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|Mississippi John Hurt|
Avalon Blues: Complete 1928 Okeh Recordings
Genres: Country, Blues, Pop, R&B
Mississippi John Hurt recorded 13 country-blues songs for the Okeh Electric Records company in 1928. Then he vanished. Actually, he never went anywhere. Indeed, he never strayed from his hometown of Avalon, Mississippi. He... more »
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Mississippi John Hurt recorded 13 country-blues songs for the Okeh Electric Records company in 1928. Then he vanished. Actually, he never went anywhere. Indeed, he never strayed from his hometown of Avalon, Mississippi. He simply put the guitar down. It was the Great Depression, times were tough, money was scarce, and he needed to work. Nearly 30 years later, a blues enthusiast tracked him down, took him back to Washington, D.C., and suddenly Mississippi John's musical career resumed as quickly as it had finished. He recorded again, but these first songs from the late 1920s--with John's melancholy voice and hypnotic guitar playing at its most inspired--are his greatest musical accomplishments. --Percy Keegan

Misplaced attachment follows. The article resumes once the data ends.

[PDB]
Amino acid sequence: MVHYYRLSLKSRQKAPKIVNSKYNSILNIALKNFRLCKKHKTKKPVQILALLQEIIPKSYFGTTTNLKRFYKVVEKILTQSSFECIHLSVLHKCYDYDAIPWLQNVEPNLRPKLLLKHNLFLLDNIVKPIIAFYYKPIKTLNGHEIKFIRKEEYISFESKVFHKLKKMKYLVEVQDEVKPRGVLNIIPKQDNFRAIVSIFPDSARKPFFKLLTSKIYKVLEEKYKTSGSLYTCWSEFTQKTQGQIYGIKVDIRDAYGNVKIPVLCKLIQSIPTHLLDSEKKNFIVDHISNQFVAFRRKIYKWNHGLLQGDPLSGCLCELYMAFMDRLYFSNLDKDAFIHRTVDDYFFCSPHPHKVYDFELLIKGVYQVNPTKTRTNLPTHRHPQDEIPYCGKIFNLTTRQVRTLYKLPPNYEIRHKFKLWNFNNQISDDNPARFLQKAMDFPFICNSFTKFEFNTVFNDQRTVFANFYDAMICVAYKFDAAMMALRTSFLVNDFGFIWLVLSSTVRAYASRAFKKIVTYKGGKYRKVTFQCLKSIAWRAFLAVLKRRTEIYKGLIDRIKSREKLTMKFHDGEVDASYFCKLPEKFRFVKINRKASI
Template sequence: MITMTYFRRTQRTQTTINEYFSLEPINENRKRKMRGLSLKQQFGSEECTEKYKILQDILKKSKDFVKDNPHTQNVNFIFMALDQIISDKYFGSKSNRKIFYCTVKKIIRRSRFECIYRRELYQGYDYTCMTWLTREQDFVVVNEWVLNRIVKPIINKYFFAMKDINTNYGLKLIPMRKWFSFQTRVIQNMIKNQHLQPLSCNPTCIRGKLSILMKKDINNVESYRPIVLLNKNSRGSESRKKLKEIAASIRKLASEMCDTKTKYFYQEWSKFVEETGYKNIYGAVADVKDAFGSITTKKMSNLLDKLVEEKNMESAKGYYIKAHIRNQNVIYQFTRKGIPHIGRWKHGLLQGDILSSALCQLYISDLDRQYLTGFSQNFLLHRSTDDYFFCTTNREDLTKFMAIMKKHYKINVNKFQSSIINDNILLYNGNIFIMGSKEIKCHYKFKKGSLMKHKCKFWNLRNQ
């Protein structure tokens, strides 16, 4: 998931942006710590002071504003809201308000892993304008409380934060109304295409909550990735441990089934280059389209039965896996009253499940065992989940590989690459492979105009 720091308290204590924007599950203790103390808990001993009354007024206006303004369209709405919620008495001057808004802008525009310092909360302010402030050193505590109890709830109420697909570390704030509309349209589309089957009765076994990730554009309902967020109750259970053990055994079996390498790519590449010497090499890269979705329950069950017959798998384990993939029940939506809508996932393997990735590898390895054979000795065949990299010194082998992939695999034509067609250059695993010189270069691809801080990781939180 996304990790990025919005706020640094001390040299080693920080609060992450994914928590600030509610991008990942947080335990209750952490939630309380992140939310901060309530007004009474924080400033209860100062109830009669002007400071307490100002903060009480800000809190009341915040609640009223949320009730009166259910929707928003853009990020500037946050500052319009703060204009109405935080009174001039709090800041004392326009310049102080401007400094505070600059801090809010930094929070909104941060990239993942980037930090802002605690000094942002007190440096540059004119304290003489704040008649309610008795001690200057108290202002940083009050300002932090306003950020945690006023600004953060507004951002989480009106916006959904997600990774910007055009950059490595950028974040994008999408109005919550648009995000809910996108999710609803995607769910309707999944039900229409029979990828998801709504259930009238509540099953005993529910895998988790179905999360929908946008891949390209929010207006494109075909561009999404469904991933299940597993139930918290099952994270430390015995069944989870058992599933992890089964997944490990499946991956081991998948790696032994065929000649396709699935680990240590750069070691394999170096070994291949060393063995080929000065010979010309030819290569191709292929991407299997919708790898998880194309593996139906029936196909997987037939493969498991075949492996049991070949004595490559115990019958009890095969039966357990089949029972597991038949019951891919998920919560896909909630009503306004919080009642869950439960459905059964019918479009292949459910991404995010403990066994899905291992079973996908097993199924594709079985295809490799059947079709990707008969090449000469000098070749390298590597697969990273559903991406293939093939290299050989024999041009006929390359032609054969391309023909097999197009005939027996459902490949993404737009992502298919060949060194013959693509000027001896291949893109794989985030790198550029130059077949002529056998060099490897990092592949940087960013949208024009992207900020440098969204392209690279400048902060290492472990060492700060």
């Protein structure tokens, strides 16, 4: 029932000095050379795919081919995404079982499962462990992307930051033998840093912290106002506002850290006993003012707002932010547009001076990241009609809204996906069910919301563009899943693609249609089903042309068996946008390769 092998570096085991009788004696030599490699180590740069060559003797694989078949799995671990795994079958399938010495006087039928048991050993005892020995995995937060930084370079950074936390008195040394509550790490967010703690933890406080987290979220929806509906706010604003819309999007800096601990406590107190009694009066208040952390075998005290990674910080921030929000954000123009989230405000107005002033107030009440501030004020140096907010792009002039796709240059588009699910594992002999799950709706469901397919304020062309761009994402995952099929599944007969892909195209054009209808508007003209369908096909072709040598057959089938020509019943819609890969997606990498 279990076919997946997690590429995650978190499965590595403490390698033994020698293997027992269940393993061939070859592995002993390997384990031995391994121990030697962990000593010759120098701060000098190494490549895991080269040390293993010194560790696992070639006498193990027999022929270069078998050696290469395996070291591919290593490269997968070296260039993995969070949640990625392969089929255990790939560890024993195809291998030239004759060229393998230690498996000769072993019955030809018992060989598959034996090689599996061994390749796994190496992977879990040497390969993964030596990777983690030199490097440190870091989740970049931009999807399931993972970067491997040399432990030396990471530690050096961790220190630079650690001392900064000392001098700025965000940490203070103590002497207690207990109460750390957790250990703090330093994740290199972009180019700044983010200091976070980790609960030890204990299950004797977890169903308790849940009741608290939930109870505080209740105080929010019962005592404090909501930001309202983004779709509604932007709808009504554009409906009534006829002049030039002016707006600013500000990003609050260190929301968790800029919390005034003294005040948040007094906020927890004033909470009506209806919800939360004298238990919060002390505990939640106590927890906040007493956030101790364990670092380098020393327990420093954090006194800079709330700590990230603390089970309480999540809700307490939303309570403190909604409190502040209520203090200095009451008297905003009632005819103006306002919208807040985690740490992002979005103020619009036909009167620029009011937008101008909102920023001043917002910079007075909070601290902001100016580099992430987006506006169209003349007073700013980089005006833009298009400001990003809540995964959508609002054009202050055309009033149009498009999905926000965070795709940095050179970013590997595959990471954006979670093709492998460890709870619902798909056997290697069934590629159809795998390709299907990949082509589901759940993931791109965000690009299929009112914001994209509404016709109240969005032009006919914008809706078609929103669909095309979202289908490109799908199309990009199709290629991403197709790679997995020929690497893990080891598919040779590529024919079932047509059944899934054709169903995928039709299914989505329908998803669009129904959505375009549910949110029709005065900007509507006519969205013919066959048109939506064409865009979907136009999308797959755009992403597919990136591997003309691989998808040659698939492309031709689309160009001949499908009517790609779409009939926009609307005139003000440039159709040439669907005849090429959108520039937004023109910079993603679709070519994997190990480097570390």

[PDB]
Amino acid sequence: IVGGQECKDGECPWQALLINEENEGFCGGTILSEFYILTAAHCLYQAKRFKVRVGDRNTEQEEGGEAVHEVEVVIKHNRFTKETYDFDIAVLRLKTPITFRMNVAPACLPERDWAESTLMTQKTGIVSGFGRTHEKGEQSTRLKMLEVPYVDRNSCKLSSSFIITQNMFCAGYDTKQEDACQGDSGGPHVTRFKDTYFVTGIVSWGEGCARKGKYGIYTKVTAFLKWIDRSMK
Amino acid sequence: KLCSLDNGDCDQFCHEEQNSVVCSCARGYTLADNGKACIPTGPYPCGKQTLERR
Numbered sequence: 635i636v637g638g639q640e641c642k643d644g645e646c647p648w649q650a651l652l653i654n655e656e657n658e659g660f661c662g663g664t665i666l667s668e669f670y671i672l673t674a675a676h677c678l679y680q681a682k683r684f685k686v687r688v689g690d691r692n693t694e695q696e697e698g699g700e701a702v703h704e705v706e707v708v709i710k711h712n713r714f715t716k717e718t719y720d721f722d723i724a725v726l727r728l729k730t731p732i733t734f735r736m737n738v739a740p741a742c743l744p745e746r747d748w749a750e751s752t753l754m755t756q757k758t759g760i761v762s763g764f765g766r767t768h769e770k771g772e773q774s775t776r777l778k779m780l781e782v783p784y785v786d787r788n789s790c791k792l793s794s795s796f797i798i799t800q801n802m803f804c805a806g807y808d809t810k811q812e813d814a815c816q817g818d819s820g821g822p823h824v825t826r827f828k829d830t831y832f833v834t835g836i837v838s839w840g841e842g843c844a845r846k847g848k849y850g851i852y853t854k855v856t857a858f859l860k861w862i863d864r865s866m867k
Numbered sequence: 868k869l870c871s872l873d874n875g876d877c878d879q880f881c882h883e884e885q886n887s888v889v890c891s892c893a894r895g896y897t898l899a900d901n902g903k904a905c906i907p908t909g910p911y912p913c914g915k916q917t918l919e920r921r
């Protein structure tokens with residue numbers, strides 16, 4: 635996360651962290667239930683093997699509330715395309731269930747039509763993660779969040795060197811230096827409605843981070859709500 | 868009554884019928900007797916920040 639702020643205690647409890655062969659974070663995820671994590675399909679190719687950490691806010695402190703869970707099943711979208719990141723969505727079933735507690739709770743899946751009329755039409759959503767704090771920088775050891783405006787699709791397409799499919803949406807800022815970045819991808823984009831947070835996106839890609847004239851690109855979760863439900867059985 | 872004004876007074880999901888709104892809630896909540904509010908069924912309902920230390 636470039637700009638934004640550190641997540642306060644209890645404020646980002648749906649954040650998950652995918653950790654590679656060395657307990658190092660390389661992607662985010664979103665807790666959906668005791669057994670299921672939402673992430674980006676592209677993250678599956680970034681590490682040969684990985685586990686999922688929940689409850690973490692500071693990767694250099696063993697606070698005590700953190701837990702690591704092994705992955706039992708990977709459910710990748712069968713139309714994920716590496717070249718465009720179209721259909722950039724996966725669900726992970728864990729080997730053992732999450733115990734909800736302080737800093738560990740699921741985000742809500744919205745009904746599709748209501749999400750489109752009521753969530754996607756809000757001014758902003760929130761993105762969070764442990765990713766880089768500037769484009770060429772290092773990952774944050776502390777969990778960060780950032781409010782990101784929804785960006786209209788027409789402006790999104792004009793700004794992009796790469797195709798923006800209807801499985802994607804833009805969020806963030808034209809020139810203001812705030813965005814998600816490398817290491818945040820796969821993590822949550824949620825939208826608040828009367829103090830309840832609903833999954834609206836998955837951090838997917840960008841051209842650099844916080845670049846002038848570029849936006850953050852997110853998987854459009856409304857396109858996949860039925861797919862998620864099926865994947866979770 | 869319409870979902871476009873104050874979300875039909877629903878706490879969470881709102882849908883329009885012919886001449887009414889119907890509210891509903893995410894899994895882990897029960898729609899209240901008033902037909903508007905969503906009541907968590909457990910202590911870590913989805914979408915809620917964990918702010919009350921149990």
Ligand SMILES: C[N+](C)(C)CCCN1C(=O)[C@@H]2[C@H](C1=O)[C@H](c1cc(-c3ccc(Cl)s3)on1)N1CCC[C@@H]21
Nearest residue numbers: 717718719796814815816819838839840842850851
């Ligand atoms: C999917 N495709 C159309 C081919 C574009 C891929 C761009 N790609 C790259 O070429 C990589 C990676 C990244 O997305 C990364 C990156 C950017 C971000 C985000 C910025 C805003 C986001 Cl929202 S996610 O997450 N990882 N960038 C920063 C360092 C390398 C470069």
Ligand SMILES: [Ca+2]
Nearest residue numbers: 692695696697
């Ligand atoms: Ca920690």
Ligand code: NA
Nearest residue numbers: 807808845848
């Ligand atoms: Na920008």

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Poor sound quality better to get the Yazoo release 1928 sess
Bernard J. Sheehan | Troy, NY USA | 07/24/2010
(1 out of 5 stars)
"Mississippi John Hurt was an amazing folk musician and these are some of his finest recordings. It's too bad that Columbia decided to use sonic solutions "no noise" processing on this release. Thankfully a much better release of the same material is available from Yazoo titled: The 1928 Sessions. The difference is between the two releases is so extreme it staggers the imagination how Columbia could have released this cd sounding so poorly."
A Folk-Blues (Gentle) Giant
Steve Vrana | Aurora, NE | 12/11/2009
(5 out of 5 stars)
"What an amazing story. In 1928, OKeh recording director Tommy Rockwell discovers a then 35-year-old John Hurt in Avalon, Mississippi. Hurt goes to New York in February and cuts a handful of tracks. "Frankie" and "Nobody's Dirty Business" sell well enough to bring Hurt back in December for two more recording dates. These thirteen tracks are the result of those 1928 sessions. Hurt would spend the next thirty-five years in relative obscurity before his next recordings at the age of 70. But even if he never stepped into a recording studio again, these recordings would still make Hurt one of the most revered folk-blues artists.
I first encountered Hurt's music by way of Doc Watson, but there's no substitute for the real thing. There's no flash, no guitar pyrotechnics. Just a simple man whose restrained vocals and unique fingerpicking create nothing short of magic. ESSENTIAL [Running Time - 38:17]"